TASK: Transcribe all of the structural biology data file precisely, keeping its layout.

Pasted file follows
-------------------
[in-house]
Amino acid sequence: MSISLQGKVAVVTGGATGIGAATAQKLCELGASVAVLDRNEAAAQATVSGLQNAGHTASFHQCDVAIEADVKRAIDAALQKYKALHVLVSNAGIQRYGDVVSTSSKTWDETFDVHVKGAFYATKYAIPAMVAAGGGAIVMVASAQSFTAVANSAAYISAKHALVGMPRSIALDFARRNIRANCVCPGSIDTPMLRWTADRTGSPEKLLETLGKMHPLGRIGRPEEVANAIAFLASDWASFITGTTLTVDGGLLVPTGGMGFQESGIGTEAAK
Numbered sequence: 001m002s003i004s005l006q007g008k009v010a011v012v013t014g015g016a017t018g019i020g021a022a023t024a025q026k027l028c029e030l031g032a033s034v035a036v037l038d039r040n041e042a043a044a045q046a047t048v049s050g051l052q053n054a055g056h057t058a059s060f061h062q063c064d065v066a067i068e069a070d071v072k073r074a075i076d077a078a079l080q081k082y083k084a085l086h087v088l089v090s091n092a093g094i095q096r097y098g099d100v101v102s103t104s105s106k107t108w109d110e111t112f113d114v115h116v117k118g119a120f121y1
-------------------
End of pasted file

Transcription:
[in-house]
Amino acid sequence: MSISLQGKVAVVTGGATGIGAATAQKLCELGASVAVLDRNEAAAQATVSGLQNAGHTASFHQCDVAIEADVKRAIDAALQKYKALHVLVSNAGIQRYGDVVSTSSKTWDETFDVHVKGAFYATKYAIPAMVAAGGGAIVMVASAQSFTAVANSAAYISAKHALVGMPRSIALDFARRNIRANCVCPGSIDTPMLRWTADRTGSPEKLLETLGKMHPLGRIGRPEEVANAIAFLASDWASFITGTTLTVDGGLLVPTGGMGFQESGIGTEAAK
Numbered sequence: 001m002s003i004s005l006q007g008k009v010a011v012v013t014g015g016a017t018g019i020g021a022a023t024a025q026k027l028c029e030l031g032a033s034v035a036v037l038d039r040n041e042a043a044a045q046a047t048v049s050g051l052q053n054a055g056h057t058a059s060f061h062q063c064d065v066a067i068e069a070d071v072k073r074a075i076d077a078a079l080q081k082y083k084a085l086h087v088l089v090s091n092a093g094i095q096r097y098g099d100v101v102s103t104s105s106k107t108w109d110e111t112f113d114v115h116v117k118g119a120f121y1